Pakistani commentators now fear that if there is now any violence in Kashmir, Pakistan will be blamed and there could be a sharp Indian response.
Pakistan’s leaders have responded to India’s Kashmir-related initiatives with shock and bewilderment. After the August 5 announcement in New Delhi, the Pakistan National Assembly went into a frenzy, with parliamentarians hurling abuse at Prime Minister Imran Khan. In exasperation, he asked his colleagues: “What do you want me to do? Attack India?” This frustration reflects a new scenario in South Asia.
For the past 30 years, the Pakistani armed forces have used the instrument of jihad as state policy in the Kashmir Valley by backing street demonstrations and, more lethally, organising cross-border incursions of trained and highly-motivated militants. A well-organised and substantially funded support system exists in Pakistan to provide religious indoctrination and training in weapons, bombings and organisation of cells to carry out acts of terror across India.
The Mumbai attacks of November 2008 marked the high point of these assaults. These attacks, with their careful planning, multiple targets and sheer ruthlessness, clearly affirmed their origins in Pakistan and convinced the international community that Pakistan was both the fountainhead and the sanctuary for state-sponsored extremist groups.
Pakistani writers have criticised the recent Indian initiatives as a “unilateral abrogation” of the Shimla Agreement of 1972 and the Lahore Declaration of 1999. But they fail to note that these agreements had committed the two countries to settle differences through “peaceful means”. Again, during the “back channel” discussions during the Pervez Musharraf presidency, India had insisted that Pakistan ensure “an end to hostilities, violence and terrorism”. At no stage has Pakistan ever rejected violence as its preferred instrument to settle matters to its advantage.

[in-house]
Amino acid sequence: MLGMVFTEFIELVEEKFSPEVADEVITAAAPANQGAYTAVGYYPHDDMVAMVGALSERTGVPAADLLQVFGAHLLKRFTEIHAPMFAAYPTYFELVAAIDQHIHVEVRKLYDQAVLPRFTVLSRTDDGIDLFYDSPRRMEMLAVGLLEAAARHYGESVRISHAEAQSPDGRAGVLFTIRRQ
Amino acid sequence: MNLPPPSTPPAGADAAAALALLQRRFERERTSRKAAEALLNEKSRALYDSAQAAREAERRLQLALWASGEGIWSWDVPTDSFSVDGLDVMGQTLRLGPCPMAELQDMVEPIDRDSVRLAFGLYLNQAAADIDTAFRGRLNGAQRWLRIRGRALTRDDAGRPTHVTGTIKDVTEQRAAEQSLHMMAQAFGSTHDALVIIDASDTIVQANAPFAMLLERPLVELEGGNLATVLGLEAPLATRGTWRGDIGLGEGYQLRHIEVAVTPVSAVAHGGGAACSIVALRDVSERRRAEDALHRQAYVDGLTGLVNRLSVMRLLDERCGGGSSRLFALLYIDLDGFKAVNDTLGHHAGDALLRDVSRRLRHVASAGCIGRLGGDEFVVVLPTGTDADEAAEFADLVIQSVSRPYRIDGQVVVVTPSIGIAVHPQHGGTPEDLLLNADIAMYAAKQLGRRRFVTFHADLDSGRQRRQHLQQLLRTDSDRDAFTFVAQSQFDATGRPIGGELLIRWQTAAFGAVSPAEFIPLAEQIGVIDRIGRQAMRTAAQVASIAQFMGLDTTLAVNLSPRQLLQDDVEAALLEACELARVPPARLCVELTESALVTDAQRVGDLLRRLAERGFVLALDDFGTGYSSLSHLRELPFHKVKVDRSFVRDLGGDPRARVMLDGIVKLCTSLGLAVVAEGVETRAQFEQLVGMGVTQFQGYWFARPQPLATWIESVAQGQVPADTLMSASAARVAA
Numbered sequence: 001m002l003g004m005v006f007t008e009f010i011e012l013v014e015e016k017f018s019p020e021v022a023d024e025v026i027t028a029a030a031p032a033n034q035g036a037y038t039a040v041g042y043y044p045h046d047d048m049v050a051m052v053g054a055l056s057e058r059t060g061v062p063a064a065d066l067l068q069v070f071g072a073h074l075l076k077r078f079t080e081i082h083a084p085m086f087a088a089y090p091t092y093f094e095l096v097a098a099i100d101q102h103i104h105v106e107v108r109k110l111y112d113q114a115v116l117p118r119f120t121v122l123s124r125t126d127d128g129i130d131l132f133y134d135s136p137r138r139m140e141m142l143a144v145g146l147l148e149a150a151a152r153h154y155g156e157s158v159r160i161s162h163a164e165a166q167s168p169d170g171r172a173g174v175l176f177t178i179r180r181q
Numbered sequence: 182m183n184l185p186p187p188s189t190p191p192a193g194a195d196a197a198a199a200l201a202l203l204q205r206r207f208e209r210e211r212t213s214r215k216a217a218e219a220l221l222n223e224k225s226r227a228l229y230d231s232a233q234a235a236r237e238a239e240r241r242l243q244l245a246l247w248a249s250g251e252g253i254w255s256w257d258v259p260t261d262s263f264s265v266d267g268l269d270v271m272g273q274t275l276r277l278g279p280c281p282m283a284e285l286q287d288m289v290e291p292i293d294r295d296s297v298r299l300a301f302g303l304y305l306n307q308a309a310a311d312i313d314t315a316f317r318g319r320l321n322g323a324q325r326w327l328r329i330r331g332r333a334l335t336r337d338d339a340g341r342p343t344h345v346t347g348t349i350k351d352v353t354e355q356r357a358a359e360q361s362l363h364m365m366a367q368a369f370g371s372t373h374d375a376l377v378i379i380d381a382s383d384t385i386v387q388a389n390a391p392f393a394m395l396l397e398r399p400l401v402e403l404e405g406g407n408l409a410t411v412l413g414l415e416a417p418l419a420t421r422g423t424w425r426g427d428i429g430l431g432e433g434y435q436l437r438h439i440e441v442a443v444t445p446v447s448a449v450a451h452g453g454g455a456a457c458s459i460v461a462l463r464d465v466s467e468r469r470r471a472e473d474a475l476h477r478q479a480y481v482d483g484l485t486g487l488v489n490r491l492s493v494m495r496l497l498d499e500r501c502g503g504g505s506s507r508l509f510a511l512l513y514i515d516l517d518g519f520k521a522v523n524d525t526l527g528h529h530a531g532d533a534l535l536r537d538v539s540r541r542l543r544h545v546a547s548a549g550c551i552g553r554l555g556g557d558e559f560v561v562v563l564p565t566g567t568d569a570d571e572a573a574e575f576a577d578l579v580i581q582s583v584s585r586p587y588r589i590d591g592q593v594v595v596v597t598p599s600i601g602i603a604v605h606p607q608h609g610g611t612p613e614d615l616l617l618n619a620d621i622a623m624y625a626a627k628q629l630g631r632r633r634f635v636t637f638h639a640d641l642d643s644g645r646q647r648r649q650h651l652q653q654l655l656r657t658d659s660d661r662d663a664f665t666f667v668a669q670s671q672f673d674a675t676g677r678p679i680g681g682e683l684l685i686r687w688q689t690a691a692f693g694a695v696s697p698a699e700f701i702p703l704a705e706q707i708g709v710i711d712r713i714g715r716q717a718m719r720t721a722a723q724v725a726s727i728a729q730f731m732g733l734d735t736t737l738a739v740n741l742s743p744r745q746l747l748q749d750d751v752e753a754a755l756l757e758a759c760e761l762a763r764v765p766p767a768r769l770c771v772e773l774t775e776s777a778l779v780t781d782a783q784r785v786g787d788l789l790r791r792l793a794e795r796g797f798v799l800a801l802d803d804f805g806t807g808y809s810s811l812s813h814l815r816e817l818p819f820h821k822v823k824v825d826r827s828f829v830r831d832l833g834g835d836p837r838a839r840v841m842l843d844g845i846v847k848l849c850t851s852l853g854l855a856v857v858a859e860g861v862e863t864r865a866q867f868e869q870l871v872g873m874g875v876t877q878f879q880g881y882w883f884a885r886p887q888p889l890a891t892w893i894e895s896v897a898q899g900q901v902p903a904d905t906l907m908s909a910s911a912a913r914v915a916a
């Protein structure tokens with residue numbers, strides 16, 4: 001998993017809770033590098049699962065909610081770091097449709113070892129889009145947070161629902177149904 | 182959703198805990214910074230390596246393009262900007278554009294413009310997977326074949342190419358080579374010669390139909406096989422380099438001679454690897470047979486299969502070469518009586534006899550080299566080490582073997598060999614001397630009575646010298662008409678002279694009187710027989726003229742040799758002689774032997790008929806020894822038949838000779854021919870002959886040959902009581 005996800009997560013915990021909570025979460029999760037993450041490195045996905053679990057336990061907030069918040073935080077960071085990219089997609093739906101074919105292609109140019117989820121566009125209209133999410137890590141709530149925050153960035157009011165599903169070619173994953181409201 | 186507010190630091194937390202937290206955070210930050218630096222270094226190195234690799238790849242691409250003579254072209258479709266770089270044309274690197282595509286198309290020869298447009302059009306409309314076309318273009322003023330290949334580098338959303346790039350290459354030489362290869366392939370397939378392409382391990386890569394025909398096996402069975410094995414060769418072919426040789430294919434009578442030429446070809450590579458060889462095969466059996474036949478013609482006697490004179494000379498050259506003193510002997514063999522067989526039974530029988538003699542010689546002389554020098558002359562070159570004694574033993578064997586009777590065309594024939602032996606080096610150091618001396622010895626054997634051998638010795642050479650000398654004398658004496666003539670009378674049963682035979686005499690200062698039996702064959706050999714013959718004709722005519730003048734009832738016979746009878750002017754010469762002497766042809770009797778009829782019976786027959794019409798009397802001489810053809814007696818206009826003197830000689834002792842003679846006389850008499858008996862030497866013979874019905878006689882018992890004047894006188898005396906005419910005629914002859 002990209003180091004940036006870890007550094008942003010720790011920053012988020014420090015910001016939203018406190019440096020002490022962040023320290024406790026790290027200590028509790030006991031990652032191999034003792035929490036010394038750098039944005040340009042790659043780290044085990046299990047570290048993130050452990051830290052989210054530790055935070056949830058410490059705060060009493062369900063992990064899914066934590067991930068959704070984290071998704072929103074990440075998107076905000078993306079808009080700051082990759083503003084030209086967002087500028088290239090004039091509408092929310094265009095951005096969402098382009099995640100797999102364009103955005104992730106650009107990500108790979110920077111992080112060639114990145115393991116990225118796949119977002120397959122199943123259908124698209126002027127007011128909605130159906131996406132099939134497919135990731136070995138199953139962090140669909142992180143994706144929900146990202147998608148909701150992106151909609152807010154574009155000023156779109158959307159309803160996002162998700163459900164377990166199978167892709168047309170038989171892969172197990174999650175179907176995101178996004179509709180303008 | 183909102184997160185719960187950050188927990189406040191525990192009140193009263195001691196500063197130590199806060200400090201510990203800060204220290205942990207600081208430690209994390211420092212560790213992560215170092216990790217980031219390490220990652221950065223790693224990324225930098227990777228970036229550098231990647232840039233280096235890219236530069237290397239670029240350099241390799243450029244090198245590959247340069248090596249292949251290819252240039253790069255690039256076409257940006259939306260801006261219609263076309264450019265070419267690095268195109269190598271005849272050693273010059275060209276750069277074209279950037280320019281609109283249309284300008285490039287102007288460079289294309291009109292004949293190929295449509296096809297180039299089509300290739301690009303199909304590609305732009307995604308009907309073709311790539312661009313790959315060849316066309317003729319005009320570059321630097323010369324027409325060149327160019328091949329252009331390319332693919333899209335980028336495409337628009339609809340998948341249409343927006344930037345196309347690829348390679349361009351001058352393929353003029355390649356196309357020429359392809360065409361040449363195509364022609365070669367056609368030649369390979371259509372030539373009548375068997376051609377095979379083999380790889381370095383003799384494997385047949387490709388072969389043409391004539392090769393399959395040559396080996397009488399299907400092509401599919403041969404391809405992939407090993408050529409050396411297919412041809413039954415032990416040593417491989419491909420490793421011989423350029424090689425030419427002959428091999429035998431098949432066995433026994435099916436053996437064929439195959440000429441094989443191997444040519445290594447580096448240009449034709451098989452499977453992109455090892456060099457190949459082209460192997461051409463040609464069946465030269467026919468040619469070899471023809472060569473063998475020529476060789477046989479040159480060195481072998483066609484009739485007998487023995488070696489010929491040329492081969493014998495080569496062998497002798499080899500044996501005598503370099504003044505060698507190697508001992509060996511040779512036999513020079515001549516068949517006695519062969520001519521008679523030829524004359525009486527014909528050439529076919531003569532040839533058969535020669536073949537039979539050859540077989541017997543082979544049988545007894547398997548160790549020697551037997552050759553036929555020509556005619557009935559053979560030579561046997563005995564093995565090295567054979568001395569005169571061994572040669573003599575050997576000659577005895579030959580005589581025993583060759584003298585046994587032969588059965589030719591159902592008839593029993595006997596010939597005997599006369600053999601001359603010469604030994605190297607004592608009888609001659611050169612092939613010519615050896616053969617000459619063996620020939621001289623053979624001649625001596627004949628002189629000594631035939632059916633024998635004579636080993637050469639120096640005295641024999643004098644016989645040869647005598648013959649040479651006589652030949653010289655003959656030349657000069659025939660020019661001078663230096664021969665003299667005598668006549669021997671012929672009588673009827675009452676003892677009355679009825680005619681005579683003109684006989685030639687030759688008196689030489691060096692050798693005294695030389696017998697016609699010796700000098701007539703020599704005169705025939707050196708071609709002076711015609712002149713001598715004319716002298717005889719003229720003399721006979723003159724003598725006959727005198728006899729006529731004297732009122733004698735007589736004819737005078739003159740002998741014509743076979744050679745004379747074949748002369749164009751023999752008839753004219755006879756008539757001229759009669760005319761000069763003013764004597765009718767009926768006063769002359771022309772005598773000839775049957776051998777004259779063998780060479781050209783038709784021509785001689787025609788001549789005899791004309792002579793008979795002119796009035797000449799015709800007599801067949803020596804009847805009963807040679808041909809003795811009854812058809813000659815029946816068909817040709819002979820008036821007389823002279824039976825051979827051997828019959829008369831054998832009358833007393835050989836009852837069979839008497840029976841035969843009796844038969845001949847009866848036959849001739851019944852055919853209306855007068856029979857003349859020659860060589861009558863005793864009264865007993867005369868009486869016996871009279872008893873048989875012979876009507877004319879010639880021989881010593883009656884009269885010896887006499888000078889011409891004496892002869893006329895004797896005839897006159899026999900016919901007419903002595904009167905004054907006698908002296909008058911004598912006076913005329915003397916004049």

However, having kept India under pressure for at least three decades, Pakistan now finds itself in a difficulty. The “surgical strike” of September 2016 and the Balakot air attacks by India in February this year have made it clear that a terrorist attack from across the border will meet with firm retaliation and could escalate into a full-scale war. Pakistani commentators now fear that if there is now any violence in Kashmir, Pakistan will be blamed and there could be a sharp Indian response.
Hence, being reluctant to instigate violence at this stage of the delicate discussions with the Taliban in Doha, Pakistan has no option but to agitate its concerns before an international audience. However, Pakistan has little credibility due to its established affiliation with extremism. Again, the world’s major nations are distracted by other concerns — the Gulf crisis, Brexit, Ukraine, the Sino-US trade war, North Korea. This has meant that no country has come forward to give Pakistan the backing that it so desperately seeks.
Over the past two decades, the countries of West Asia have built solid political and economic ties with India, and they also see India as a valued partner in addressing their concerns relating to extremism, which are linked with Pakistan providing a congenial habitat for jihadi groups to flourish.